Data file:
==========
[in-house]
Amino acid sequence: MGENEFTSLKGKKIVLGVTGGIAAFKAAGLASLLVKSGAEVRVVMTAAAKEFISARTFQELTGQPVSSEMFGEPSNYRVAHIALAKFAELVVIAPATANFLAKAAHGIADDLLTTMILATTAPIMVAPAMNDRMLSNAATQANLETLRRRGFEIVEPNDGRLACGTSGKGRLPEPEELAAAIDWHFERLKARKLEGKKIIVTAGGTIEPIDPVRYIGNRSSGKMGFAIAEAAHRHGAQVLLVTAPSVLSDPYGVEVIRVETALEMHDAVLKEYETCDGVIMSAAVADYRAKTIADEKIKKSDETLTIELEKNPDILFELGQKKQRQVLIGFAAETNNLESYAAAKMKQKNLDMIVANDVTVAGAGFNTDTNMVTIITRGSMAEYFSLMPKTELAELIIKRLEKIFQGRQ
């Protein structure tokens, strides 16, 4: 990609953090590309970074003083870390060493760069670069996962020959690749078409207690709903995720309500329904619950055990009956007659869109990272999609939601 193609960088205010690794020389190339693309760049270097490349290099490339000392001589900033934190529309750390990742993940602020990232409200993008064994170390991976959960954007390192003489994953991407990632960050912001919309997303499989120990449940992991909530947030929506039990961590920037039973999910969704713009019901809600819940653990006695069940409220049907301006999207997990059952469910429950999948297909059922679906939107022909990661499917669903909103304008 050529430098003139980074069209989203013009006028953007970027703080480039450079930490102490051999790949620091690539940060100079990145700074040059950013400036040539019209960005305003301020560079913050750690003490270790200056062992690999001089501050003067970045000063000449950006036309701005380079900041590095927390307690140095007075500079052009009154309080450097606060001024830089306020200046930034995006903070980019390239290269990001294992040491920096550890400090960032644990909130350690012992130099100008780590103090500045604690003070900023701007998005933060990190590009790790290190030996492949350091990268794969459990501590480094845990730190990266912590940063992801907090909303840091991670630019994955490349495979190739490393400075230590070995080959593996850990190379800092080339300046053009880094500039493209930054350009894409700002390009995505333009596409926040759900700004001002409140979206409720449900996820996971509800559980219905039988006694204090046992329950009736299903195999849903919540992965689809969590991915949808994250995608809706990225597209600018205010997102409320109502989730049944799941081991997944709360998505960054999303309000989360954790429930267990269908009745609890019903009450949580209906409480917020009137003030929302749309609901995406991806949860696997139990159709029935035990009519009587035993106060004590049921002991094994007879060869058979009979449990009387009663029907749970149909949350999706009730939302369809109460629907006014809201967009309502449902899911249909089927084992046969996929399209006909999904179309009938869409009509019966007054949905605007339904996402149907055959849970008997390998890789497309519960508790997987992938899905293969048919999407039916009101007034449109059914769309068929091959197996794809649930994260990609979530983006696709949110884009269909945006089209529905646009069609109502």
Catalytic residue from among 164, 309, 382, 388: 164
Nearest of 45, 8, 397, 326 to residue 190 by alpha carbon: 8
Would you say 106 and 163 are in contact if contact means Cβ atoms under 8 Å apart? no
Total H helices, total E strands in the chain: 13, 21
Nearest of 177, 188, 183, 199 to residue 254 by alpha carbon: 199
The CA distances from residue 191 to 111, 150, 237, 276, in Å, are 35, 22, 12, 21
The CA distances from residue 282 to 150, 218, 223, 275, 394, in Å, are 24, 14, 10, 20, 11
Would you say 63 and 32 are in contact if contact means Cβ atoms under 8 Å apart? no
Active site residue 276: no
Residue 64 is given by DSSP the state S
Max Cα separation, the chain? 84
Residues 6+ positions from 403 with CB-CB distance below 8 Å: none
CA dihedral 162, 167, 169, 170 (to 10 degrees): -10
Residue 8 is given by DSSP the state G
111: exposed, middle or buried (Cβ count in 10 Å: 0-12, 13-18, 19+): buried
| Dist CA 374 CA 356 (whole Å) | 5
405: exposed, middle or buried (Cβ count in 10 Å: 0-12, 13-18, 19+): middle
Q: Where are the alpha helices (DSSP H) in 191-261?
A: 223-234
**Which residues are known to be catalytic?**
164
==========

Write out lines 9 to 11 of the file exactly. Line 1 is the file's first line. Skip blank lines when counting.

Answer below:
The CA distances from residue 191 to 111, 150, 237, 276, in Å, are 35, 22, 12, 21
The CA distances from residue 282 to 150, 218, 223, 275, 394, in Å, are 24, 14, 10, 20, 11
Would you say 63 and 32 are in contact if contact means Cβ atoms under 8 Å apart? no